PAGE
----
High Noon is a good example of the classic period of Westerns. Beginning as it does with the iconic image of the lone horseman set against the typical backdrop of prairies and mountains and then cutting to a wide mid shot of three horsemen riding into town, immediately sets up certain expectations in the viewer. This is what audiences like about genre and this film fulfils them all.
Directed by Fred Zinnemann in 1952 it is also a product of its era. It has its roots solidly in the McCarthy era in post-world war two America and it is clear that in this film the enemy which needs to be vanquished isn’t so much Frank Miller and his gang but the townspeople who would rather turn a blind eye to the return of the villain they brought to justice than see their cosy lives overturned and their men killed. They are just beginning to see civilisation approaching their little outpost – just as America was recovering from the losses of the war – and like so many Americans when Senator McCarthy began his ‘witch hunts’ for communists they had lost that pioneering spirit which exemplified the frontier era when life was simple and all you needed was a gun and god on your side to stand up for your rights.
According to Vladimir Propp there are certain character types who occur in all narratives and again this film is no exception. In this film Frank Miller is the bad guy and three of his gang who appear in the film waiting increasingly less patiently for his arrival. They are one example of the many binary oppositions represented in this film. All are seen dressed in dark colours and sporting all the usual accoutrements of the cowboy, the guns, spurs, bottle of beer and cigarette. Kane, by contrast, is the embodiment of the ‘good’ guy, dressed in a black waistcoat, black tie, black hat and crisp white shirt his character is not in doubt. Harvey Pell his deputy is a different kind altogether. Dressed in muted colours, (probably beiges and pale browns) everything about him shouts his moral ambiguity. He is the character who sparks off the only fist fight, without which no self-respecting Western would be complete, as he attempts to get Kane to leave ostensibly for the reason of protecting him and the town from Miller’s revenge but actually so that he can play Marshal.
Conforming to Todorov’s narrative theory the film begins with the marshal getting married and handing in his badge to begin a new life with his new wife and ends with him doing just that.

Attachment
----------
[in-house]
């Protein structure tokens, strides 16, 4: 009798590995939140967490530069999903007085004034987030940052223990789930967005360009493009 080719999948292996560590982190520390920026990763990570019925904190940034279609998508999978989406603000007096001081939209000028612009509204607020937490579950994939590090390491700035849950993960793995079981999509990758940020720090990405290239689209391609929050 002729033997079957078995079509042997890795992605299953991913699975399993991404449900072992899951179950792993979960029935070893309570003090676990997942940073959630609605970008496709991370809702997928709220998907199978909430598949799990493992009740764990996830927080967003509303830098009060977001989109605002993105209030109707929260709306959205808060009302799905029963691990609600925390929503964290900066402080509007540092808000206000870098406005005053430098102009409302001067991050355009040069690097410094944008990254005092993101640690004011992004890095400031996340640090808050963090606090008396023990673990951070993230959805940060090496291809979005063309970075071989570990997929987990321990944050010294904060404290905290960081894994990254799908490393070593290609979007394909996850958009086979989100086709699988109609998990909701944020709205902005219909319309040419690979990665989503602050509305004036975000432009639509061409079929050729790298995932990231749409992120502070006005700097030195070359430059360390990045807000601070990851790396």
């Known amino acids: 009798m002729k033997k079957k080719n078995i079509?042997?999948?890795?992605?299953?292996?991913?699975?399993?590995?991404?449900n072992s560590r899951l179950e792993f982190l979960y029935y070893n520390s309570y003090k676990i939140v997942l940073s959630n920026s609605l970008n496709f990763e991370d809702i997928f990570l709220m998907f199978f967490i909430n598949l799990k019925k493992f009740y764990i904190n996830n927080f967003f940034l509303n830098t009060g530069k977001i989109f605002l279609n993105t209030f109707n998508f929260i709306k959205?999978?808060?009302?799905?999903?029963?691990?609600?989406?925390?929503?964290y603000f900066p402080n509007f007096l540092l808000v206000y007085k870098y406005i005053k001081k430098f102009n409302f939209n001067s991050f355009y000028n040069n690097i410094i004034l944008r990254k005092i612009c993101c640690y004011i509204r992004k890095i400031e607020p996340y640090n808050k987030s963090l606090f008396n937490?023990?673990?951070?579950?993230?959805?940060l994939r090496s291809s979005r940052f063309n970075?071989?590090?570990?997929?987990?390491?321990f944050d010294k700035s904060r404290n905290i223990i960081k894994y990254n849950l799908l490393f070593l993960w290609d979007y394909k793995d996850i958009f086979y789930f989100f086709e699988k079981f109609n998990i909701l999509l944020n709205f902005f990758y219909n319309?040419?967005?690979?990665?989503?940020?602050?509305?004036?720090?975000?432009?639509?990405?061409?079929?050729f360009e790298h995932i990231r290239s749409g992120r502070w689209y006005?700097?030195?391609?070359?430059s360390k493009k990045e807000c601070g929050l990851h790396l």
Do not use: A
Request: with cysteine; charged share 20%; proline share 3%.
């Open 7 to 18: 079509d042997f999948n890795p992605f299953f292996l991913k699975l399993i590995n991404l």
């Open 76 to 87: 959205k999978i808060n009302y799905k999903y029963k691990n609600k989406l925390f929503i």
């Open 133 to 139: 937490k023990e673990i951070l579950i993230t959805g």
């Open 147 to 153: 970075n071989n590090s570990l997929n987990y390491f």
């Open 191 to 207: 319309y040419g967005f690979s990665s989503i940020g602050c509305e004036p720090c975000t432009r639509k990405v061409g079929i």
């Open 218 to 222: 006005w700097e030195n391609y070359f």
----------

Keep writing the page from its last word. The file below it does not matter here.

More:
Throughout the film a lone voice sings the refrain ‘Oh Don’t forsake me oh my darling’ each time we see Marshal Kane walk up and down the main street in the vain search for anyone who will support his stand against the villains emphasising the desperate battle of the lone voice against the inertia of the majority. Juxtaposed against scenes in the church and in the saloon in which the cowardly townspeople wait in silence and trepidation to support whoever wins, the low angle shots of Kane at each of his futile rallying speeches emphasise his moral superiority, the moral bankruptcy of the townspeople and another of the binary oppositions represented in the film.
These are also represented by completely different kinds of music from the honky-tonk piano in the saloon to the sonorous communal singing in the church.
One of the interesting techniques of this film is that it is effectively set in ‘real time.’ From when he first learns of Miller’s arrival on the noon train, it is then 10:40 am, frequent significant glances at clocks to show the countdown are juxtaposed against establishing wide shots of the empty railway out of town emphasising the looming sense of threat and doom.
Of course in classic Western tradition there are the women. Here the iconic exotic ex-lover of Kane, Helen Ramirez, dark, Mexican, husky voiced and dressed in low cut dark dresses, is seen in stark contrast with Amy, now Mrs Kane, blonde, delicate, cut crystal English tones, dressed in a pale coloured dress with a high neck, emphasising how very different they are but perpetuating the ideological view that though it may be alright for a man to dally with the exotic the home-grown all American girl will win in the end. Underlining the different roles the women play are the camera angles. We frequently see Amy from a high angle sitting in the hotel lobby, half-turned as if in fear, whereas we see Helen in long shot or close up to show her beauty and threat, she is after all the reason for the feud between Kane and Miller. However in the end Helen rides away on the train and Amy returns to lend her husband a hand by conveniently killing two of the gang leaving him free to kill Frank. Before the gun battle begins, which only lasts about 4 minutes and is the actual raison d’être of the film, is the only time we ever see a high angle shot of Kane showing his vulnerability and isolation from the frightened townspeople.
The ending of the film is classic Western too. Having conducted a lone battle to save the town from the lawless and corrupt the townspeople emerge from their various hiding places to inspect the damage. No words are spoken and Amy and Kane drive off into the distance but not before Kane throws the marshal’s badge in the dirt.
Westerns are full of grand gestures and troubled and brooding characters, who are usually sacrificed for the general good and to ensure the survival of the ‘pure of heart’, and this one is no exception. It is also Zinnemann’s comment on American society of the day.